Welcome to The Game Shelf!

After getting into the board game hobby at the end of 2014, we've decided to share our thoughts on the games we're collecting on our shelves. The collection has certainly expanded over the last few years and we've been making up for lost time!

Sometimes our opinions differ, so Amy will be posting reviews every Tuesday and Fi will post on Thursdays. We hope you enjoy reading some of our opinions on board games - especially those for two players.

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Sunday, 3 June 2018

Thoughts from the Yellow Meeple:- Imaginarium

Game: Imaginarium

Publisher: Bombyx

Designer: Bruno Cathala, Florian Sirieix

Year: 2018

Imaginarium is a new game from well known designer Bruno Cathala, in collaboration with Florian Sirieix, for whom this appears to be only their third published design. Bruno Cathala is definitely a name which draws me to a game and the cover with its steampunk elephant is certainly eye-catching.

In an unusual move, the game was also launched on Kickstarter around the same time as it was released to retail in the UK. The publishers explained that this was to allow the game to reach markets where they did not secure distribution, such as the USA. This seemed like a legitimate reason to run the Kickstarter campaign, but I think it harmed the campaign and unfortunately it was cancelled before it reached its funding goal.

For our audience in Europe and other regions where the game is currently available, let's take a look at how Imaginarium plays.

Imaginarium is a game that is both engine building in terms of its mechanics and theme. You are building different machines to earn you resources in a quirky steampunk universe. In each round of Imaginarium, your machines will activate to give you resources and/or money. The first phase is to either buy a new card for your machine or take money. However, you buy a broken machine component, and you must fix it in the next phase to add it to your active machines. Fixing is just one action you can take on the central 'clock face' wheel. Other actions include taking money, buying agents or dismantling machines.

Over the course of the game, you a trying to meet a set of common objectives that will very from game to game, in order to ultimately have the highest number of victory points when the end of the game is triggered at a total of 20 victory points.

A personal player board, with clock face action selector and some combined machines
As a rule, I love engine building and tableau building games. I find them really satisfying as you figure out some great combinations to really make a strategy work. As a result, I was excited for Imaginarium. Unfortunately I found that I couldn't get excited about the engine building in this game, because I felt that ever part of the game held me back from doing something exciting or satisfying. There were just too many hurdles between seeing a card I wanted and ultimately getting the resources from it. The thought process is something like this; Can I afford to buy that card, once my engine gives me resources this turn? Will I have enough resources to fix the card? If I don't have enough resources, can trading help? Is there even a free slot for me to build in or do I need to reorganise or dismantle first? Damn, the two actions I need to take aren't next to me on the wheel. What if I bought the helper that let's me split the actions? And so on...three turns later I might finally have the card in position and generate one resource cube as a result. It's just too much for too little!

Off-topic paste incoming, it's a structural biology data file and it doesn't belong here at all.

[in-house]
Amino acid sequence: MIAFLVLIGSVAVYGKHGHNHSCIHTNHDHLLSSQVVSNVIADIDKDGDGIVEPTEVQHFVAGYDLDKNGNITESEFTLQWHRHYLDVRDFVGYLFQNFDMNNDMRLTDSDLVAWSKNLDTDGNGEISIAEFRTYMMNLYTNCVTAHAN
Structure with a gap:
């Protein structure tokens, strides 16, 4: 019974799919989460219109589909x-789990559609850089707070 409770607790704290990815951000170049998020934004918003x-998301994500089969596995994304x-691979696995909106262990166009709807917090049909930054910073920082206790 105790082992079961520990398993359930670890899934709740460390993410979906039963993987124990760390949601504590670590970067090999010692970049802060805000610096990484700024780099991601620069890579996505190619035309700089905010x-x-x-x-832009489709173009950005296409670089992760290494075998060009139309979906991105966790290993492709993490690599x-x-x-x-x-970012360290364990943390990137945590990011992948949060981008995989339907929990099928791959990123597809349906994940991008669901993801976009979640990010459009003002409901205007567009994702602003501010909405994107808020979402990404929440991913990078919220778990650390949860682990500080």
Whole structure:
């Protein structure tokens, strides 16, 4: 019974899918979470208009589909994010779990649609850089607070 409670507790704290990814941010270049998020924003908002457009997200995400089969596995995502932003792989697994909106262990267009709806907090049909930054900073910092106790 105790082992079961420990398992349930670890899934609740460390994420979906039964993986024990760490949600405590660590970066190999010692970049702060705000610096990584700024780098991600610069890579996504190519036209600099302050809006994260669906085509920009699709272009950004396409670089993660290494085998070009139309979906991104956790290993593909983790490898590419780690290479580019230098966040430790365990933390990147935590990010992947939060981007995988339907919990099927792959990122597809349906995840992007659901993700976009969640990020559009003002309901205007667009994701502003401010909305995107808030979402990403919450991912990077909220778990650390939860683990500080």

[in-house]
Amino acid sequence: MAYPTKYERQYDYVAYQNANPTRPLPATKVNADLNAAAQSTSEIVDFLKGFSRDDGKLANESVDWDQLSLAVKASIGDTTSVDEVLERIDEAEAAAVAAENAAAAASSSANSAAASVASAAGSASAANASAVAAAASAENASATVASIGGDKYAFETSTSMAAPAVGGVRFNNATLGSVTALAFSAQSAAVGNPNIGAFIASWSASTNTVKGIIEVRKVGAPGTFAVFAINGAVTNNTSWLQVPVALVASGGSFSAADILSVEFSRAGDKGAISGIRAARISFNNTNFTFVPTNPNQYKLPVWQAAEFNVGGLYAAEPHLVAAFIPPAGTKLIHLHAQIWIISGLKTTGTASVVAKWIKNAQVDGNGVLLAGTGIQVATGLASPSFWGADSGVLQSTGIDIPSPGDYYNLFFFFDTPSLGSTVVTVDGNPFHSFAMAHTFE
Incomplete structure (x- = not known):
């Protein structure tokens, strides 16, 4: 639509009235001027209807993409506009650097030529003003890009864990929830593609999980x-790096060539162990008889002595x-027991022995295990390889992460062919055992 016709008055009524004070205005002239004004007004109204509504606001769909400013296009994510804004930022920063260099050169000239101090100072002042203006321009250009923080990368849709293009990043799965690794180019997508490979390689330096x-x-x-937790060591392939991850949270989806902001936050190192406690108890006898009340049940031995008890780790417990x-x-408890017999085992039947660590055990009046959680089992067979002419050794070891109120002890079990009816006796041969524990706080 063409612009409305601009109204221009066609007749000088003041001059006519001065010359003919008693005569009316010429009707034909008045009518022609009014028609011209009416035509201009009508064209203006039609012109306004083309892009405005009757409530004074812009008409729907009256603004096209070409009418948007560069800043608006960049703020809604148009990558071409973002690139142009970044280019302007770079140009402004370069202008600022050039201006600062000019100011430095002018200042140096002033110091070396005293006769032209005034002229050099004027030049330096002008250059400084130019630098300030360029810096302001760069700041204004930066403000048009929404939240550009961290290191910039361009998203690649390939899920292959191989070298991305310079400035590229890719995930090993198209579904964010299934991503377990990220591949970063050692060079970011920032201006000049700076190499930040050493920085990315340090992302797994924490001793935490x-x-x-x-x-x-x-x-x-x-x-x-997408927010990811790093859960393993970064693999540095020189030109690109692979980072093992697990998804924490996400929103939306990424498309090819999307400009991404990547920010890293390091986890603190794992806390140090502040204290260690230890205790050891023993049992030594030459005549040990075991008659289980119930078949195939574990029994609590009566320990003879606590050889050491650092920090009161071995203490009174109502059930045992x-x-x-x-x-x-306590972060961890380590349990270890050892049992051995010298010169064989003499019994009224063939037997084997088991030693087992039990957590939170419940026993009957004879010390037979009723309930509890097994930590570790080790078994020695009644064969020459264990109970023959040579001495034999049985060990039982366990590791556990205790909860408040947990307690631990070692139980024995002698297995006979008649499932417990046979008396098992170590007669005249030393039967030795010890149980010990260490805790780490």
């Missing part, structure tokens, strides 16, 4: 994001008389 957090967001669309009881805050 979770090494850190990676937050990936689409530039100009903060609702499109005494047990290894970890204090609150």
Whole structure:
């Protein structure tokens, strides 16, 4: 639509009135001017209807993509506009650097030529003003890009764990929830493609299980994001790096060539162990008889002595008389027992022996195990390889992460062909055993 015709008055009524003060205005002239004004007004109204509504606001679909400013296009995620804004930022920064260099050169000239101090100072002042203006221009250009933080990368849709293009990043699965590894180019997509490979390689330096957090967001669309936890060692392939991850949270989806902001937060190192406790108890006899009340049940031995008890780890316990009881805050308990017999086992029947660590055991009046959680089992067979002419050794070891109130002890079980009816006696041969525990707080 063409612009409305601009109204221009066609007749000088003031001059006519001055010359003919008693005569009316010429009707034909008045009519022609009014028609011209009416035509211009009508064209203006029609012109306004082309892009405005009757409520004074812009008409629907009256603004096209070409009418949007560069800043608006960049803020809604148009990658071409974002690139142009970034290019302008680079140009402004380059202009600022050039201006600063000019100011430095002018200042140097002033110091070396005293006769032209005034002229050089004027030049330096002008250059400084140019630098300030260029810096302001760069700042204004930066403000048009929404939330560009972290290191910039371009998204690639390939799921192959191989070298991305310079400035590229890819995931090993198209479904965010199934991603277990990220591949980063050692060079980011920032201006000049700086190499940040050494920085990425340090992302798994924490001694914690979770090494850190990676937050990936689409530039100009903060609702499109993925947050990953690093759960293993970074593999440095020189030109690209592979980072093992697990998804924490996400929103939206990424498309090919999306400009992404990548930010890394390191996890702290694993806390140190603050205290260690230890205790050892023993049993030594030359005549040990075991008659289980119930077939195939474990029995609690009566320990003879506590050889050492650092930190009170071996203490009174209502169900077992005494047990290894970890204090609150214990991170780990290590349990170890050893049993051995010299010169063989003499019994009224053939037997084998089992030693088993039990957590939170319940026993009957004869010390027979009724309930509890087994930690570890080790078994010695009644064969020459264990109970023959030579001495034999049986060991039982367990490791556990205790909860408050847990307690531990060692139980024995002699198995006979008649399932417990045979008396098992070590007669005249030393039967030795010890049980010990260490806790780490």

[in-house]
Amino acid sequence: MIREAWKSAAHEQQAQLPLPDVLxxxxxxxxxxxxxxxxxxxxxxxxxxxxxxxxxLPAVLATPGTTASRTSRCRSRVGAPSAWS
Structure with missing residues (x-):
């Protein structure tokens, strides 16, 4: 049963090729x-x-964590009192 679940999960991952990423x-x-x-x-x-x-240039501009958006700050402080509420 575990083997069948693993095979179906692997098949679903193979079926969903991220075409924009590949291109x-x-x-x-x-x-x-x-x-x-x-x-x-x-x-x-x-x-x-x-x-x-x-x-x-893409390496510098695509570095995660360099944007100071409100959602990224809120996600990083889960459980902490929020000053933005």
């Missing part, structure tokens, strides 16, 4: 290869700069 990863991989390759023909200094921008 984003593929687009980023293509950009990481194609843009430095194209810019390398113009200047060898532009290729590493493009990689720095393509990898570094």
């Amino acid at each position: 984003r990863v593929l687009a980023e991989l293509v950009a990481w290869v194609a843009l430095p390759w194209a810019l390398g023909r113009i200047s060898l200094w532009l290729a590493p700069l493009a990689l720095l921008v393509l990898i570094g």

In addition to my main concern about the difficulty to have any flow in the game, I also feel like your game strategy is a bit arbitrary. I feel like its very unlikely I will start a game and think about a focus, such as money or a certain resource type for the game. Instead I'm completely beholden by the objectives and sometimes feel like I'm not building an efficient engine as a result as I'm just trying to fulfil objectives, like having four blue cards or two red. 

I don't want to be down on the game entirely. It was OK, in spite of its flaws. I found that the best bit was the game breaking agent cards. Each player has space for three of these cards, but they all feel super powerful. I always jump in too soon with my selections, especially when the 3 agent objective is in play, which I definitely regret in the later game, since it restricts the effective spots on the action wheel and means I miss out on event better agents drawn from the deck later. The ideal agents can really make the difference to your strategy. It does, however, have to be said that the cost of some of the cards and their relative strength can seem a little off.

The production quality in Imaginarium is undeniably great,, with large busts as player pawns and a great token box as part of the game. However, for me, the art is just a little bit too surreal and way beyond steampunk!
I had high hopes for Imaginarium and unfortunately it was a bit of a disappointment. It took me a couple of games to decide if it was for me, because I really wanted to love it, but I just felt caged whilst playing. It may not have helped that as a two-player game, Imaginarium may not have been at it's best, due to a two-player variant to the card draft that felt quite ineffective. Overall, neither the gameplay or the artwork and theme have made me want to go back to Imaginarium and for the Yellow Meeples it's a 5/10.

Imaginairum was a review copy provided by Asmodee UK. It is available for an RRP of £44.99 at your friendly local game store or can be picked up at http://www.365games.co.uk/.

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